Prescription medications are typically seen as a must-have for benefits plans. But it is important for organizations of all sizes to align their philosophy, capacity for increased premiums, and employee needs where possible.
We wanted to provide some fresh insights into the shifting Canadian drug landscape.
Key drug cost drivers include utilization, drug inflation, specialty drugs, as well as fraud, waste, and abuse.
Aging Population: Canada’s aging population means that more people are taking more drugs. There are two factors that contribute here: first, elderly use more drugs because illness becomes more common. Second, it’s common for older people to have multiple conditions with one or more medications prescribed to treat each condition. Common ailments include arthritis, gastrointestinal disorders, cardiovascular disease, depression, and diabetes.
There is more awareness of medical issues, and earlier diagnosis means earlier access to treatment.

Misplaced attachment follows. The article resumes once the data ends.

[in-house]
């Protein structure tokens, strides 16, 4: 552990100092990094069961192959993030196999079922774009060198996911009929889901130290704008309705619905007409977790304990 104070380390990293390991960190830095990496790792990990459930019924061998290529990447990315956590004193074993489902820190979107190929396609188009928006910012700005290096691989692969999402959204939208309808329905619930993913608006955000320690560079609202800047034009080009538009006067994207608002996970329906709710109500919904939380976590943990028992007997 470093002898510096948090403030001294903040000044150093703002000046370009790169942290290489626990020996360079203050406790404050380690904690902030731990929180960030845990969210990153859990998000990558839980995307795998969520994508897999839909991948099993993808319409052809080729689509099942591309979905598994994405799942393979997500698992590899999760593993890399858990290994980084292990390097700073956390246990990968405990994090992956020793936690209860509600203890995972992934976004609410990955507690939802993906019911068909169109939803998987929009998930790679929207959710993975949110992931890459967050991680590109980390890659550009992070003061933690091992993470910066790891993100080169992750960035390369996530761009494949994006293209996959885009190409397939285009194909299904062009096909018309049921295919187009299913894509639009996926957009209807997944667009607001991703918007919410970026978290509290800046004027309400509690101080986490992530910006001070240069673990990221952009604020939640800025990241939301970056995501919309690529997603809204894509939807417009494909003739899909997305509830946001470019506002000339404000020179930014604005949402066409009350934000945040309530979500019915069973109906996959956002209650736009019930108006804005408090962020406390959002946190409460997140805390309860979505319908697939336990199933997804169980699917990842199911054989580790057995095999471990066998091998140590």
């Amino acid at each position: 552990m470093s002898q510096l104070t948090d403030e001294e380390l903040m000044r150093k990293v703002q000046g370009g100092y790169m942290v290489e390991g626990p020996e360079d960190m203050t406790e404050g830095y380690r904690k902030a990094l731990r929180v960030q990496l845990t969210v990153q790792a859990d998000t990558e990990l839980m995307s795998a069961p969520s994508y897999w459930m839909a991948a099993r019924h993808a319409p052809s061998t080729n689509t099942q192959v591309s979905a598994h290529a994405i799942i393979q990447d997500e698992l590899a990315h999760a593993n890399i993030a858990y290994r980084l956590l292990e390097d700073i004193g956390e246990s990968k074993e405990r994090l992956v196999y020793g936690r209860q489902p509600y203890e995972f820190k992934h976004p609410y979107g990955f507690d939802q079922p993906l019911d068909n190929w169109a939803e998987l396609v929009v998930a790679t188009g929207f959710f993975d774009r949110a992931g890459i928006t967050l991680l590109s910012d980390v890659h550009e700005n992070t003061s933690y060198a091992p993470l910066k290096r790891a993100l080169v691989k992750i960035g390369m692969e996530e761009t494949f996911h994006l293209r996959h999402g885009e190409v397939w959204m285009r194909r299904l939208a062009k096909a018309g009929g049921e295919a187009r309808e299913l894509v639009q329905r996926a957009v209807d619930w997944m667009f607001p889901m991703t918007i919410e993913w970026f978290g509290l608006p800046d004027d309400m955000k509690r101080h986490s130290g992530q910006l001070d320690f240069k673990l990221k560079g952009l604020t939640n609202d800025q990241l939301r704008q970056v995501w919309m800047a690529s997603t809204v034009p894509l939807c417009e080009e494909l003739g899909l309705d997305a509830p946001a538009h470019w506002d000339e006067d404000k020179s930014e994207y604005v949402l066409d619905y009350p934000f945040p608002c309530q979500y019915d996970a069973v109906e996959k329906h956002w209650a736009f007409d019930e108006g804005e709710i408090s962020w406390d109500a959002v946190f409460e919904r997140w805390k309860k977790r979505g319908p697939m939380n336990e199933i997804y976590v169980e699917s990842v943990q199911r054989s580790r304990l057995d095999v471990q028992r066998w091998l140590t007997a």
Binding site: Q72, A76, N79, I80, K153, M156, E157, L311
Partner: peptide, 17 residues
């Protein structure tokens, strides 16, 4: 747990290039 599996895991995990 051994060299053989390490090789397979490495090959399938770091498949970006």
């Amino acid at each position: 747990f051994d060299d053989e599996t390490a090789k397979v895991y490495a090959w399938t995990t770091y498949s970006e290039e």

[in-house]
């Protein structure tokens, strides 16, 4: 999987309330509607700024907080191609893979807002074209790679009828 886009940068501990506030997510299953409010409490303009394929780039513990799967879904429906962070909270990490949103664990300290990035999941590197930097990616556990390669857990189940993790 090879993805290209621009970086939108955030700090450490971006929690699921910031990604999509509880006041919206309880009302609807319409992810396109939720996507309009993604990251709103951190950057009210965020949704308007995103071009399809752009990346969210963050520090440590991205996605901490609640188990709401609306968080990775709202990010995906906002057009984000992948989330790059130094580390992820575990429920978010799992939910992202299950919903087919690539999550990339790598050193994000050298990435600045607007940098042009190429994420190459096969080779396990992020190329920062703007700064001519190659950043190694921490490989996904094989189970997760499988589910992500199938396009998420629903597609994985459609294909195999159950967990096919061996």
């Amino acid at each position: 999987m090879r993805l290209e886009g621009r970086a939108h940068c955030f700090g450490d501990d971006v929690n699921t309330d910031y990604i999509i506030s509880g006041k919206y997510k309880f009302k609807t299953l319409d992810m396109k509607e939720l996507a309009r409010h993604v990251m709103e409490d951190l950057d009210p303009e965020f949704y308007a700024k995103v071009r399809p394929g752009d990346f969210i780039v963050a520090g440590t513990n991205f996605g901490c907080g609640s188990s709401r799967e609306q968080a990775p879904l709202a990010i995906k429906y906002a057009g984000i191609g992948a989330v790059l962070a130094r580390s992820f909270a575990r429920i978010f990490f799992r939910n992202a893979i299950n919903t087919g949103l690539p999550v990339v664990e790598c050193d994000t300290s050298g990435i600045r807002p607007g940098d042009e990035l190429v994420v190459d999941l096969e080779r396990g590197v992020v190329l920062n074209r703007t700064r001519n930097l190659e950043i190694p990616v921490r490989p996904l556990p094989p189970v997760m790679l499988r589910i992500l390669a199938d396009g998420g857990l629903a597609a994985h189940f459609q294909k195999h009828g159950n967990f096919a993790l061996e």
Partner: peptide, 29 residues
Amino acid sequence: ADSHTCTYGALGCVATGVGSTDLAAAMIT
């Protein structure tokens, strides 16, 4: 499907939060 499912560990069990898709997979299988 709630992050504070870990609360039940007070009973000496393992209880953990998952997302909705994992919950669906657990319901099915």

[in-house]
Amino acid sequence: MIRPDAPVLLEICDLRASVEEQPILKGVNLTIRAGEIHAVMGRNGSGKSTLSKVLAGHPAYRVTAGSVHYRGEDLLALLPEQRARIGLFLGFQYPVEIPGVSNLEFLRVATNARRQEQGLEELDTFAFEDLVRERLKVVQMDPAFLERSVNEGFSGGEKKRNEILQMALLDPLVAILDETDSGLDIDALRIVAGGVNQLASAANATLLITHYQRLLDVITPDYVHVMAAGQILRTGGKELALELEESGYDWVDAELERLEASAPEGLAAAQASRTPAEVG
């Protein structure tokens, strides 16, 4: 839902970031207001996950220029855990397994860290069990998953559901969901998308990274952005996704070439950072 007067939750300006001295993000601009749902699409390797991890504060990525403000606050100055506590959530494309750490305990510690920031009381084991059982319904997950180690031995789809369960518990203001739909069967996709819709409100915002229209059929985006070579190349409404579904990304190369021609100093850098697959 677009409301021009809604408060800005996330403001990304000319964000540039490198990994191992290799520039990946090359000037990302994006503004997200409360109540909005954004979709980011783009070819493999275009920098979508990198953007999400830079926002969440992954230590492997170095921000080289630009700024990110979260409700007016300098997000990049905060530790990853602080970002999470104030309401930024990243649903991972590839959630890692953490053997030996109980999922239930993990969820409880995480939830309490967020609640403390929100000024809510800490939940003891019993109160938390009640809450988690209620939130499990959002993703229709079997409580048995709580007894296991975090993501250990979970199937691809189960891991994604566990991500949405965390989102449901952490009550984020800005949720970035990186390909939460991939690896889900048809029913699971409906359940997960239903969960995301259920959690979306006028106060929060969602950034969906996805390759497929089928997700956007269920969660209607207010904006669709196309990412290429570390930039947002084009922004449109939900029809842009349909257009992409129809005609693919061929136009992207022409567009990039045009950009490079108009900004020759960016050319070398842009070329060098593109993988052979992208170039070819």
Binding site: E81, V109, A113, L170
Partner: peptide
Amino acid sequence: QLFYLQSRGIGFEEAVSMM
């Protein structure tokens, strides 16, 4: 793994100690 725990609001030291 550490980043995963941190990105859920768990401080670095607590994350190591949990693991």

Drug Inflation: Primary care physicians are diagnosing and treating an increasing number of patients for diabetes (growing at 5% per year) and asthma (growing at 4% per year). Unfortunately, generic substitutes do not exist today for these types of medications. Combined with new more expensive treatments and manufacturers’ annual drug price increases, inflation is an ongoing reality for drugs in the future.
Specialty Drugs: These are drugs which cost more than $10,000 annually per patient. Biologic drugs are a type of specialty drug made from living organisms or cells (animal, bacteria and yeast). Not all biologics cost more than $10,000 annually. Nationally, specialty drug fill rates have increased from 0.5% in 2014 to0 .8% in 2018.
Fraud, Waste, and Abuse: The presence of organized crime in the benefits plan space has gained attention from many insurance carriers motivated to reduce their exposure. Intentional or unintentional waste and overconsumption is also driving up drug costs.
Let us know if you have any questions about how your plan could include an integrated approach to drug cost sustainability.